The dichotomy between the plethora of exciting scientific results today
and a possible dearth of results in the future, if current budget trends
continue, was the subject of a May 2 hearing of the House S&T Subcommittee
on Space and Aeronautics. Scientists representing several space science
disciplines warned that NASA's FY 2008 budget request and future funding
plans will be detrimental to its science programs. They particularly
decried cuts to Research and Analysis (R&A) funding and to suborbital,
small- and medium-sized science missions that provide a career path
for young investigators. The hearing, which focused on space science
programs within NASA's Science Mission Directorate (SMD), also highlighted
concerns over the increasing costs of access to space, the upcoming
elimination of an important launch vehicle for smaller missions, poor
historical estimates of mission costs, and the burden of oversight and
risk reduction. Life and microgravity science programs were not discussed,
nor was earth science, which will be the topic of a forthcoming subcommittee
NASA's fiscal year 2008 request for its space science programs is $4.0
billion, with $1.4 billion for Planetary Science, $1.1 billion for Heliophysics,
and $1.6 billion for Astrophysics. According to subcommittee chairman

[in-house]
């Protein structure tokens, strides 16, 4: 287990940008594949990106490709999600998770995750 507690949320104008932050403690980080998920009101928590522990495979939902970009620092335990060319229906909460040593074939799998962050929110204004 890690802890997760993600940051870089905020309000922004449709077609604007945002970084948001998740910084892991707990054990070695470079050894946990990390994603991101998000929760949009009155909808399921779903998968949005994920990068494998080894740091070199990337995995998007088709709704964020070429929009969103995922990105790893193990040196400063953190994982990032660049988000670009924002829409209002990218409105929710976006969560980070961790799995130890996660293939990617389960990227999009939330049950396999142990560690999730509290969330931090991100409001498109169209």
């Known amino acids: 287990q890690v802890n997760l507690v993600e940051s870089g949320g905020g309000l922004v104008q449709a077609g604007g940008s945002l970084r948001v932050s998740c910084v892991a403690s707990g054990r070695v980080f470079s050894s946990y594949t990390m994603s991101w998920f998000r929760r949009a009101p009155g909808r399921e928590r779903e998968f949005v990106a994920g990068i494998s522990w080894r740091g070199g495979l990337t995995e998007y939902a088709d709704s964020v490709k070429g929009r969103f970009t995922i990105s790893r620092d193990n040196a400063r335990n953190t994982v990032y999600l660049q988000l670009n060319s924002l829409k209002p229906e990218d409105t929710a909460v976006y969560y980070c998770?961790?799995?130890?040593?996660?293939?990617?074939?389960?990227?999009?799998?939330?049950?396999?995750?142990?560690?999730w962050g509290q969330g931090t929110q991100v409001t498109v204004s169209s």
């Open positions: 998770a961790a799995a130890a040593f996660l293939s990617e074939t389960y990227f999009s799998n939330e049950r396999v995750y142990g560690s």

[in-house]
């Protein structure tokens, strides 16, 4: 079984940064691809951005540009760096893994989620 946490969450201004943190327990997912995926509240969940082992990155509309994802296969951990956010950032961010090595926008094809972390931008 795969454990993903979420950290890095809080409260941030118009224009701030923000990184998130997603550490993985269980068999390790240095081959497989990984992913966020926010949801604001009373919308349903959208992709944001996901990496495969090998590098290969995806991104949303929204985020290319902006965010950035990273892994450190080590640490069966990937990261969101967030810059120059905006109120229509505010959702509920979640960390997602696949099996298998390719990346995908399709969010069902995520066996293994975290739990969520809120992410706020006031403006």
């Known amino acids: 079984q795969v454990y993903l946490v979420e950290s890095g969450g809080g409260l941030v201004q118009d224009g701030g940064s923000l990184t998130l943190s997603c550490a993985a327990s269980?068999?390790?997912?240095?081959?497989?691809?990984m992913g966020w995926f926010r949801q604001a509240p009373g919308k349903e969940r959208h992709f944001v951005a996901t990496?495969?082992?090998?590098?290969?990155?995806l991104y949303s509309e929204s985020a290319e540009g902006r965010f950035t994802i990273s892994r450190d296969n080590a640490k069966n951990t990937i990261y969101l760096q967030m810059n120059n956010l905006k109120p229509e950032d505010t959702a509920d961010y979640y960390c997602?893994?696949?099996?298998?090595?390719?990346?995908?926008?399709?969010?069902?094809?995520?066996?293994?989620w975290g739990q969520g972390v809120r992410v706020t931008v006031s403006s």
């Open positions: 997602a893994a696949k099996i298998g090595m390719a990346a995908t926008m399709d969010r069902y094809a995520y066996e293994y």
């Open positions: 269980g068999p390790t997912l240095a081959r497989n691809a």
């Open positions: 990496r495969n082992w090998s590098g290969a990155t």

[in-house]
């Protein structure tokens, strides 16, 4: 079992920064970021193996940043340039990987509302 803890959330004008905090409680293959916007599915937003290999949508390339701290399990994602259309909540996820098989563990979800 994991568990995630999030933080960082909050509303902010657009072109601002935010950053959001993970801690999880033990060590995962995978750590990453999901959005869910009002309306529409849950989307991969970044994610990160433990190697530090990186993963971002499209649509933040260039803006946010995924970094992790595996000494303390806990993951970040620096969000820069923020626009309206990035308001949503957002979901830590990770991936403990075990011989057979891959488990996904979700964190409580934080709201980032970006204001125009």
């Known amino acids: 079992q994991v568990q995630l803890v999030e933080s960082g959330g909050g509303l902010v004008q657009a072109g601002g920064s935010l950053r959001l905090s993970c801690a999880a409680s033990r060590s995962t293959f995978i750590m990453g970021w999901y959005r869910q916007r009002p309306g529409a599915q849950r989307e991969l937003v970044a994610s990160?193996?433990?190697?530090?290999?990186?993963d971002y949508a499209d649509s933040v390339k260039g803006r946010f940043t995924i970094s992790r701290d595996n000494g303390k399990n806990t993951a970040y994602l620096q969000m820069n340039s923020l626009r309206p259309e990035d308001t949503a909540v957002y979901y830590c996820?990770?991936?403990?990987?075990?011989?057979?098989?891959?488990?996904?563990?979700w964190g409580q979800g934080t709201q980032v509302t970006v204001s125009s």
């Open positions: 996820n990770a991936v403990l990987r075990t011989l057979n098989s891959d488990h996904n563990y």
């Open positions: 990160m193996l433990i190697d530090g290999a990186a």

Mark Udall (D-CO), the Administration has cut another $4 billion over
five years from the Science Mission Directorate's funding profile, compared
to its intentions at the time President Bush announced his Vision for
Space Exploration. Ranking Minority Member Ken Calvert (R-CA) pointed
out that "severe budget challenges" facing NASA's human spaceflight
program forced the agency to "remove future budget growth"
from its science programs "in order to address more pressing needs."
The Administration plans to restrict budget growth for NASA science
programs to one percent per year over the next few years, which is an
effective reduction given inflation and growing launch costs (see http://www.aip.org/fyi/2007/016.html
for details of the FY 2008 request). Several of the witnesses expressed
disappointment that NASA science was not included in the President's
American Competitiveness Initiative, which calls for increased funding
for basic research in certain physical sciences areas.
In their prepared statements, the four non-NASA witnesses gave notably
similar assessments of the health of their fields. "For each of
the disciplines in SMD, there is a sobering downward trend in missions,"
said Lennard Fisk of the University of Michigan, and Chair of the National